Bank Note Issue Stamps

Foreign collectors believe that collecting United States stamps is the most difficult of all national collecting specialties. The reason is that we make too many major catalog numbers of stamps on which the differences are very hard to distinguish. It starts with the one cent 1851’s of which there are seven major catalog numbers of a single design and color, but it really reaches its apotheosis with the Bank Note Issue beginning in 1870 (These issues are called the Bank Note issues because the the US Post Office changed its printing contract to award it to a printing company that also printed currency).
There are three main issues of Bank Notes along with numerous reissues and special printings and in all comprise nearly 60 major catalog numbers for eleven different stamp designs. The catalog does a pretty good job with an overview of the very subtle differences that distinguish these stamps. But take it from someone who has seen literally millions of them, in real life it is often not that easy to tell these stamp varieties apart with complete certainty, especially on the higher values where there is no different printing characteristics, and one must go only by shade. When the stamps are over inked or when the papers are a mixed hybrid like on some of the Continental printings determining the correct catalog number of these stamps can be trying indeed.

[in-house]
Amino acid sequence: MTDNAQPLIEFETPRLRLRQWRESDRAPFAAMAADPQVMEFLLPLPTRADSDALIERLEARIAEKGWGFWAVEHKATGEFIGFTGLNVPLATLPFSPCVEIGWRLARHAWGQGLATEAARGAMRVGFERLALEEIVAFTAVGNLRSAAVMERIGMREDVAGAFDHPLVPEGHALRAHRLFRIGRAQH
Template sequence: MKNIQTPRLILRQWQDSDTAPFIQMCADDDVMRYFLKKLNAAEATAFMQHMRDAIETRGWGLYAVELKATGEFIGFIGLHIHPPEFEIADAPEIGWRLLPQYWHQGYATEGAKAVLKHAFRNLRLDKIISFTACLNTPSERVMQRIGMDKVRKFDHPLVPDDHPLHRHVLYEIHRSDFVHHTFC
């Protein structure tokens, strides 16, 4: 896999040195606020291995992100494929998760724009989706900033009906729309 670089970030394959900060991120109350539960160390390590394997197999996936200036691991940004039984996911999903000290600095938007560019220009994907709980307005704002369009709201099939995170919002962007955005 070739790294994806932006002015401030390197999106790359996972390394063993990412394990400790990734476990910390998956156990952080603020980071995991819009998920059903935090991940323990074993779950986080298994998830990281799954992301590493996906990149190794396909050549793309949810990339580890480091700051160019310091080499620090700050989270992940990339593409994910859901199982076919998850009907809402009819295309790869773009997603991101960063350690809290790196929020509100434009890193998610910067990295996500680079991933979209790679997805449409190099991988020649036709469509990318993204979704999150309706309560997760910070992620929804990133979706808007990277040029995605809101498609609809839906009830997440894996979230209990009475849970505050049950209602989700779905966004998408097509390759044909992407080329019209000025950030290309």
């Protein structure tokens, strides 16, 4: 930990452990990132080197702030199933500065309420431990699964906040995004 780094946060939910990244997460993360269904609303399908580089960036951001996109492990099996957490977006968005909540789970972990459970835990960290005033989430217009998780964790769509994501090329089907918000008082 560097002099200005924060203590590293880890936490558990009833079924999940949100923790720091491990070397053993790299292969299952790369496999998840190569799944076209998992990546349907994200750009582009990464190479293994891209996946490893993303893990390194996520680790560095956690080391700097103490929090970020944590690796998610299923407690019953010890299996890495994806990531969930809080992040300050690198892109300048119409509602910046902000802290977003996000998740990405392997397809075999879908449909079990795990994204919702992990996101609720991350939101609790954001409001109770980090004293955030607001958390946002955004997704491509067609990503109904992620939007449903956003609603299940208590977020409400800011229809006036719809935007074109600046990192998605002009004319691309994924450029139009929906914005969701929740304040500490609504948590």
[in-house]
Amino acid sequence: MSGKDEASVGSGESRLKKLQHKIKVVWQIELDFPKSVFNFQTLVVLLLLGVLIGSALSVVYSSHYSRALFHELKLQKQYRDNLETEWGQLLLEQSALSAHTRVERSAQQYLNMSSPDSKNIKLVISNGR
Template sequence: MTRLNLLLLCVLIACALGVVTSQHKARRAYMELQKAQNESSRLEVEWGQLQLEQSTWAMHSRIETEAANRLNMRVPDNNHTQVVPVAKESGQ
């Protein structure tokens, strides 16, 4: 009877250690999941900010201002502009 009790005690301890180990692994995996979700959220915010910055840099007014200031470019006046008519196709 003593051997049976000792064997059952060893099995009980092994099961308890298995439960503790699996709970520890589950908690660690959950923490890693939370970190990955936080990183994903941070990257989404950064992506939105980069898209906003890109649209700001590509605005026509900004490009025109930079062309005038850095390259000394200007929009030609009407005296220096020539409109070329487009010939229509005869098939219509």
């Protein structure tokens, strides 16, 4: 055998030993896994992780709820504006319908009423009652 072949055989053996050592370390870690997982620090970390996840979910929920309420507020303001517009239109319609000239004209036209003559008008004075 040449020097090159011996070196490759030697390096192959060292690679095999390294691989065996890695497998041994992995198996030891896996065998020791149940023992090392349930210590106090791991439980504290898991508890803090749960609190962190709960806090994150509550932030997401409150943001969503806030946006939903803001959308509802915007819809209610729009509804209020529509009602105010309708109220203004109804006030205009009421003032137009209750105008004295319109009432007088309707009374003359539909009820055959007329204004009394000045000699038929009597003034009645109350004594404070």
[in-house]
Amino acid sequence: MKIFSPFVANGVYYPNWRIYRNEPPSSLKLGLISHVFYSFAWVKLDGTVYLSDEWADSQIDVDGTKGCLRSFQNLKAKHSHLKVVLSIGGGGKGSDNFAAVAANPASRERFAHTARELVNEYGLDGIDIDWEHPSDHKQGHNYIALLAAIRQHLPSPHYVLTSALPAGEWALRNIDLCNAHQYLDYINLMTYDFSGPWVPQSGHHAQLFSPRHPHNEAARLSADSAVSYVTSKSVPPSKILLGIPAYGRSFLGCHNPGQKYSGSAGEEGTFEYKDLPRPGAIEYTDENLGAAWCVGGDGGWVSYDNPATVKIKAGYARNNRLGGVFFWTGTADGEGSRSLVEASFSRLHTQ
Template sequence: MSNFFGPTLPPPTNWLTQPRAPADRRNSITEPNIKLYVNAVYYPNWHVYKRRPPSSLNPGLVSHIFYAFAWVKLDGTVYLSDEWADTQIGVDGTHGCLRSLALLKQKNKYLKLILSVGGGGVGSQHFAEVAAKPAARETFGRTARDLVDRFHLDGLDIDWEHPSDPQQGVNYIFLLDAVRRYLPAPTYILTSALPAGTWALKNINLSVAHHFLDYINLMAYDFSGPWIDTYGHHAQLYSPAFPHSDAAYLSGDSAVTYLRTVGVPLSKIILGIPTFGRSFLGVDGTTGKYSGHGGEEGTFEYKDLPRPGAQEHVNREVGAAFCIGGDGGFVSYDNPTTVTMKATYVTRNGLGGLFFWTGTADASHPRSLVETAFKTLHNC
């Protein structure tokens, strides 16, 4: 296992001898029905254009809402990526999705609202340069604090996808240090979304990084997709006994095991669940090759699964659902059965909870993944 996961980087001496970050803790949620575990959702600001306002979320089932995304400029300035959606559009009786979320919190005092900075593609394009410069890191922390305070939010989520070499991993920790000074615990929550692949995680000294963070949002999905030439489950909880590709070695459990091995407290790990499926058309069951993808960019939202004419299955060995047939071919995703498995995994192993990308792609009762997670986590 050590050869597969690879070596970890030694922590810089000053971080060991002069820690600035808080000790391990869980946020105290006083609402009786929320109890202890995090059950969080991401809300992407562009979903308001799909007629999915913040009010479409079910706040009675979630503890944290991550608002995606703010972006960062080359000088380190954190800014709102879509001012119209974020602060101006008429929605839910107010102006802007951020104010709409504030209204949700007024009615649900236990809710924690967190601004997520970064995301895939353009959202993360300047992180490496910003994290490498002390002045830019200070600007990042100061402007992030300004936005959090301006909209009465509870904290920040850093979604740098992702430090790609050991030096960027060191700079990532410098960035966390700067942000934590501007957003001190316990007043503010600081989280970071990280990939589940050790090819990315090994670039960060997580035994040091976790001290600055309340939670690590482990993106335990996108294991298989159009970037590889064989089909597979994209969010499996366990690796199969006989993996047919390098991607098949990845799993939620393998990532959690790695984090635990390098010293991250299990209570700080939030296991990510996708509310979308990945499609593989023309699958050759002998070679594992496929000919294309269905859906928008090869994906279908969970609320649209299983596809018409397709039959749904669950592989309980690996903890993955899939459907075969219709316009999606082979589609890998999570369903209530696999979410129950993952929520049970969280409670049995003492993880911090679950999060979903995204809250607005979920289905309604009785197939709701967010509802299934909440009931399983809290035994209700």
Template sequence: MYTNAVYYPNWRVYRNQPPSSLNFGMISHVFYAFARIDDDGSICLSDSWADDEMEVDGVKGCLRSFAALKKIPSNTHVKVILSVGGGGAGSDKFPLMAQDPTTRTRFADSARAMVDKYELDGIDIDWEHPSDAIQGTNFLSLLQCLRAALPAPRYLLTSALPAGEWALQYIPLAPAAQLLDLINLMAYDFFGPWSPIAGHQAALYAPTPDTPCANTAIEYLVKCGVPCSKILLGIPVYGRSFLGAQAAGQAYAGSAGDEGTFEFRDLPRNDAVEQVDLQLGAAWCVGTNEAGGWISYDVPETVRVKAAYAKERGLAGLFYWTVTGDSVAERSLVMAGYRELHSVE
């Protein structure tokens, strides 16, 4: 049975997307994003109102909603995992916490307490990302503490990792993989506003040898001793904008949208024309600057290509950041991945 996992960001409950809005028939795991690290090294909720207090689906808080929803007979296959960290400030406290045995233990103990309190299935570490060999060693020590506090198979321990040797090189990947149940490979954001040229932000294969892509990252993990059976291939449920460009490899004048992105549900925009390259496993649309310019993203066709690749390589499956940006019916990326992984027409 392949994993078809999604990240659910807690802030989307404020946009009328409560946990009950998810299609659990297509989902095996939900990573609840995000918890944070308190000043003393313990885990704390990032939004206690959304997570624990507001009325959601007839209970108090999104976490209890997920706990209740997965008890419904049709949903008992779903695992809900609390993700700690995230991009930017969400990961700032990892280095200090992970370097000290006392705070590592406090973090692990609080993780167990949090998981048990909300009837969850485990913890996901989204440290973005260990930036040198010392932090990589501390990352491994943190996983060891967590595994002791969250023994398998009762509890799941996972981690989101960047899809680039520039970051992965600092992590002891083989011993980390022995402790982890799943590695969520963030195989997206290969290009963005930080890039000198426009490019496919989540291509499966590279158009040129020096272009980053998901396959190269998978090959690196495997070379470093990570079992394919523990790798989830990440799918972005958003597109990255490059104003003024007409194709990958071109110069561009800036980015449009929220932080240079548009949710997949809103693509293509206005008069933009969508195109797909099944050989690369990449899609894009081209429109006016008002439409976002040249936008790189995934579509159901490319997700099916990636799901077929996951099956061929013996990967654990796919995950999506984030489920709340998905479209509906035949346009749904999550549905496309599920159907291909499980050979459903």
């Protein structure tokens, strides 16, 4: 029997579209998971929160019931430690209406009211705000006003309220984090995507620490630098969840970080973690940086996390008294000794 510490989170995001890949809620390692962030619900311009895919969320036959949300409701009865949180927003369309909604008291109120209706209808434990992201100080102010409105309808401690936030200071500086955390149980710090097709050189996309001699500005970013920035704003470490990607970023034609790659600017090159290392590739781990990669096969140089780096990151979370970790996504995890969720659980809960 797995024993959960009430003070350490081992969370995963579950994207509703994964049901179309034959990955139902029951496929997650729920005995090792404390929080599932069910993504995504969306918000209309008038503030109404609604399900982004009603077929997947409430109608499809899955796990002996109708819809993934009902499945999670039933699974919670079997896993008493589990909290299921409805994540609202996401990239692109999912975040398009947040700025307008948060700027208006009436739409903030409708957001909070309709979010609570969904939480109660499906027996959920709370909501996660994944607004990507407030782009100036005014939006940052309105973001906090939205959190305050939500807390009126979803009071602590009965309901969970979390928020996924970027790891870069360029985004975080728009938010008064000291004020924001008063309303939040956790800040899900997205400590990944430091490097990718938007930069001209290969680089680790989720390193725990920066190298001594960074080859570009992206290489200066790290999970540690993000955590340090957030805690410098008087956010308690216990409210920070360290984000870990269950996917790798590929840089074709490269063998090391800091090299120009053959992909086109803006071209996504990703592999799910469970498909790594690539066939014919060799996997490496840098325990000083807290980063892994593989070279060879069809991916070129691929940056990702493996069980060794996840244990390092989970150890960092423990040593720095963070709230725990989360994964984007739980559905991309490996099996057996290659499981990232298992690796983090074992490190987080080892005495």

The difficulties with the Bank Notes, be clear, are not some cosmic problem that philately is eternally cursed with having to deal with. It is a man made problem, created by early US collectors who, as I read the literature of the period, seemed to be groping around for ways to make the hobby more scholarly and difficult in a belief that complexity could diffuse the charge that they were continuing a childhood hobby into adulthood. Their decision has had long lasting and deleterious effects on stamp collecting, making US philately unnecessarily obscure and off-putting. We still suffer from a lack of popularity among foreign collectors because of this and even ridicule as a nation that has encouraged a level of specious sophistication in our collecting that we wouldn’t tolerate in the philately of others.
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